In conjunction with its promulgation of the proposed Agreement, the Council of State Governments prepared a "Suggested Enabling Act" with a related commentary that refers to these articles as the "exact text of the Agreement on Detainers" which should be inserted as the body of Section 1 in any member state's adopting statutes. Council of State Governments, The Handbook on Interstate Crime Control, 117-23 (1978). Though a detailed review might reveal some minor variations in the party states' version of this text, it appears from a general inspection of the enacting statutes that the practice has indeed been to adopt it verbatim from the Suggested Enabling Act. In the course of his Compact Clause analysis in Esola, which was followed by the Supreme Court in Cuyler, Judge Garth assumed for purposes of that analysis "that the enactment of the Agreement by each party state is undoubtedly in identical statutory terms." United States ex rel. Esola v. Groomes, 520 F.2d at 841 n.3 (Garth, J., concurring). Within this circuit, that is the case. See Md.Ann.Code, Art. 27, §§ 616B-616J; N.C.Gen.Stat., § 15A-761; S.C.Code § 17-11-10; Va.Code, § 53-304.1; W.Va.Code, § 62-14-1. That the party states have themselves intended and understood this to be the condition upon which they were joining is reflected in the enacting clause proposed by the Council of State Governments and used in variant form by practically all states: "The Agreement on Detainers is hereby enacted into law and entered into by this state with all other jurisdictions legally joining therein in the form substantially as follows. * * * (Here insert exact text of Agreement on Detainers ...) * * *." Council of State Governments, supra at 117. But see Md.Ann.Code art. 27, § 616A
The "Suggested Enabling Act" proposed by the Council of State Governments includes eight sections, 2-9, to follow section 1 containing the text of the Agreement. These define terms in the Agreement, direct and authorize compliance by state officials, exclude coverage with respect to particular offenses, provide for an effective date, etc. See Council of State Governments, supra note 7, 117-18. Obviously none of these substantially affects any fundamental provision of the Agreement itself, so that local adaptations confined to these suggested topics are perfectly compatible with a mutual intention of party states that the substantive provisions of the compact shall be identical in substance and hence subject to uniform application among all the parties
Every party state has, of necessity, enacted variants of some or all of these housekeeping and administrative sections. Under the catchline "Supplemental Provisions " Maryland enacted five of the suggested provisions, Md.Ann.Code art. 27, §§ 616K-616O, and added three of its own: § 616P, excluding defective delinquents from the Agreement's coverage, § 616Q, the supplementary provision here in question, and § 616R, providing for the determination of credit for time served while in the custody of another party state.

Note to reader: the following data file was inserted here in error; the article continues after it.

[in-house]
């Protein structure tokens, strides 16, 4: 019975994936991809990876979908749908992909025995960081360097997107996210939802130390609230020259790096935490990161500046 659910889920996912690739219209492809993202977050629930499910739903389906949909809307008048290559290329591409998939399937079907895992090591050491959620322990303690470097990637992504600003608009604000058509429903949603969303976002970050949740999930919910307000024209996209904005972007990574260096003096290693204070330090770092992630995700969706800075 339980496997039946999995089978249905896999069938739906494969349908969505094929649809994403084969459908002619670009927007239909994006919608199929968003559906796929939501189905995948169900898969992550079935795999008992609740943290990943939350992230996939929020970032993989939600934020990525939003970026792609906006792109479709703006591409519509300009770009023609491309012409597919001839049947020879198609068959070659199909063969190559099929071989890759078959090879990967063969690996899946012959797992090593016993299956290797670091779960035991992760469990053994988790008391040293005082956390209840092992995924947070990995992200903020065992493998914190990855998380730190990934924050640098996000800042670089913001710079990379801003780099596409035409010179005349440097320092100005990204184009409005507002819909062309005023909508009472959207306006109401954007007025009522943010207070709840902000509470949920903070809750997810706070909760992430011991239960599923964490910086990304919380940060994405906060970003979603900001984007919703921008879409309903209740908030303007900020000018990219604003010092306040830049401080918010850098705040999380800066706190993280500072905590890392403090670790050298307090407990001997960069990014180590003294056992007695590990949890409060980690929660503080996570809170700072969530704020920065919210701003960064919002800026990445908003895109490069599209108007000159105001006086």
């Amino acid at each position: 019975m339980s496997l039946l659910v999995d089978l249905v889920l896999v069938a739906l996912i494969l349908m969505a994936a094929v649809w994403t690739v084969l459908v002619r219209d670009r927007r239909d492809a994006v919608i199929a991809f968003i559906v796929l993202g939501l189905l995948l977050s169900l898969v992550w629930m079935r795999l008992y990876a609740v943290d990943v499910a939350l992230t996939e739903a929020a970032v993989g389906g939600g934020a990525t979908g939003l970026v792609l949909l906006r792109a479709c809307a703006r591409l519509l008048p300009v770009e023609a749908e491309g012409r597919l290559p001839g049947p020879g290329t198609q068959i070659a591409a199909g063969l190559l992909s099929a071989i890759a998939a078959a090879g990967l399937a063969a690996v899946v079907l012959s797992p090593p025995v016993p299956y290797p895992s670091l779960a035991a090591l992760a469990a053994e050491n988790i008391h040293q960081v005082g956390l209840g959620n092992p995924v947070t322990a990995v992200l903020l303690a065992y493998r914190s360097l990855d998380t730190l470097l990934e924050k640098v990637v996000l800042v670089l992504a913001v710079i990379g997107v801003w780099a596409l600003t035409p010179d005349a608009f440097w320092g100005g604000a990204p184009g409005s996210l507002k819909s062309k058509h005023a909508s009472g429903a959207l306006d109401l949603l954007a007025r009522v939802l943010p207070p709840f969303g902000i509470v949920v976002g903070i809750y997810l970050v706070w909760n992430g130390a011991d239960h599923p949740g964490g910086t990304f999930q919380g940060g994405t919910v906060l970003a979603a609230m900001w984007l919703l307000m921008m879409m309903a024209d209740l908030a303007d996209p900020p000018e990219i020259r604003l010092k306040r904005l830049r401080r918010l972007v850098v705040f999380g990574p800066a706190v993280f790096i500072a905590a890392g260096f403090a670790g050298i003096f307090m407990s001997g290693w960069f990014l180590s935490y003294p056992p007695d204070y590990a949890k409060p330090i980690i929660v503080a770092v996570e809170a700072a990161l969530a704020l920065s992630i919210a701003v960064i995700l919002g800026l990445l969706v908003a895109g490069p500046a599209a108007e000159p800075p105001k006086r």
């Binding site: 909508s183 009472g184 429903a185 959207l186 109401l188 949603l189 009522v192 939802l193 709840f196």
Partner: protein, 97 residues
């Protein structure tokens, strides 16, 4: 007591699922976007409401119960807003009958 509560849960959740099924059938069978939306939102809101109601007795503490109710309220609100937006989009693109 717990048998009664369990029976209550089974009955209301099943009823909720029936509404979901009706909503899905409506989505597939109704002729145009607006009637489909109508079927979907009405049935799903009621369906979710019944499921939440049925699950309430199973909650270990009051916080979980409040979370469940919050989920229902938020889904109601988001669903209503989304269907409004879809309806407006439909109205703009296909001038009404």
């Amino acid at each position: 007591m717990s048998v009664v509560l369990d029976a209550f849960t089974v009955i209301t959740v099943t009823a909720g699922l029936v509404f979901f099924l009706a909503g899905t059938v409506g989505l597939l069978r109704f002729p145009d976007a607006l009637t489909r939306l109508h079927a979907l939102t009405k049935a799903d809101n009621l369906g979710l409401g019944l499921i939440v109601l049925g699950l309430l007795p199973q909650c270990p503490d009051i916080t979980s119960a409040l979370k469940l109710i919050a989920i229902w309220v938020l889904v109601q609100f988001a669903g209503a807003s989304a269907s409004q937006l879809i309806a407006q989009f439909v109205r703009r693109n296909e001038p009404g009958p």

§ 616Q. Notice not deemed to have been given until actually received
As to any request by a person imprisoned in another party state for trial in this State, written notice shall not be deemed to have been caused to be delivered to the prosecuting officer and the appropriate court of this State in accordance with § 616D(a), (Article III of the Interstate Agreement on Detainers), nor shall notification be deemed to have been given in accordance with §§ 616D(d) or 616E(b), (Articles III and IV of the Interstate Agreement on Detainers), until such notice or notification is actually received by the appropriate court and by the appropriate State's attorney of this State, his deputy, an assistant, or any other person empowered to receive mail on behalf of the State's attorney. (1965, ch. 627, § 1.)
Md.Ann.Code art. 27, § 616Q.
While § 616Q was not expressly referred to by the Bush state court, its provisions obviously underlay the court's holding that because "the Virginia officials did not comply with the express terms of the Act, ... the provisions of the Act ... simply did not come into play." Bush v. State, slip op. at 4. The court relied directly upon King v. State, 5 Md.App. 652, 662-63, 249 A.2d 468, 476 (1969), a case applying comparable provisions of Maryland's intrastate agreement on detainers and finding that agreement not triggered by reason of a similar failure of actual notice. The Bush court held that the interpretive rule of King was "equally applicable to the Interstate Agreement on Detainers." Bush v. State, slip op. at 5
Any possibility that a party state's invalid effort unilaterally to alter the Agreement in the act of joining it might completely have nullified that act is avoided by the severability clause contained in the Agreement. 18 U.S.C.App. § 2, art. IX. The options apparently available to states with respect to the IAD are therefore to join "in substantially the form" of the Agreement; to decline to join at all; or completely to withdraw after having joined, see 18 U.S.C.App. § 2, art. VIII. Although the United States not a "party" to the constitutional compact specifically retained the right to "alter or amend" as well as to "repeal" the Act by which it joined the Agreement, 18 U.S.C.App. § 7, the amendment or alteration option is not available to party states in respect of fundamental provisions of the Agreement, for the reasons suggested in this opinion
Essentially, the interpretive problem would be whether the compact states intended by enacting the interrelated provisions of article IV to assume fundamental reciprocal obligations and dependencies under which derelictions by the officials of one state could affect the obligations of another, or whether dependency and reciprocal obligations were intended to yield in the face of failures by one to take steps here, to give actual notice triggering obligations on the part of the other. If the former, then Maryland's attempt unilaterally to avoid the reciprocal dependency would not avail. If the latter, it would be valid as an express statement of the intended operation of the Act
Without attempting a detailed chart of further proceedings on the § 1983 claim, we offer a brief observation on the compensatory damages that might be recoverable for any proven violation of the IAD provision here in issue. Only harm or injury proximately caused by any violation would, of course, be compensable. On that basis, Bush's trial and confinement on the Anne Arundel County charges is obviously not itself such an injury or harm, since the violation did not cause the trial or confinement that presumably would have resulted as well had the Act been followed. Only injury physical, mental or emotional related to the return to Virginia following the Prince George's County acquittal and before trial on the Anne Arundel County charges could have been proximately caused by the violation, and hence be compensable under § 1983. See Carey v. Piphus, 435 U.S. 247, 264, 98 S. Ct. 1042, 1052, 55 L. Ed. 2d 252 (1978); accord, Burt v. Abel, 585 F.2d 613, 616 (4th Cir. 1978); cf. McCrary v. Runyon, 515 F.2d 1082, 1089 (4th Cir. 1975) (compensable injury under 42 U.S.C. §§ 1981 & 1982)
This does not speak to the possibility of punitive damages, as to whose specific availability in this case we of course express no view. See Carlson v. Green, 446 U.S. 14 at 22 & n.9, 100 S. Ct. 1468 at 1473 & n.9, 64 L. Ed. 2d 15 (1979); Carey v. Piphus, 435 U.S. at 257 & n.11, 98 S. Ct. at 1048 & n.11; see also City of Newport v. Fact Concerts, Inc., --- U.S. ----, ---- - ----, 101 S. Ct. 2748, 2759-2761, 69 L. Ed. 2d --- (1981).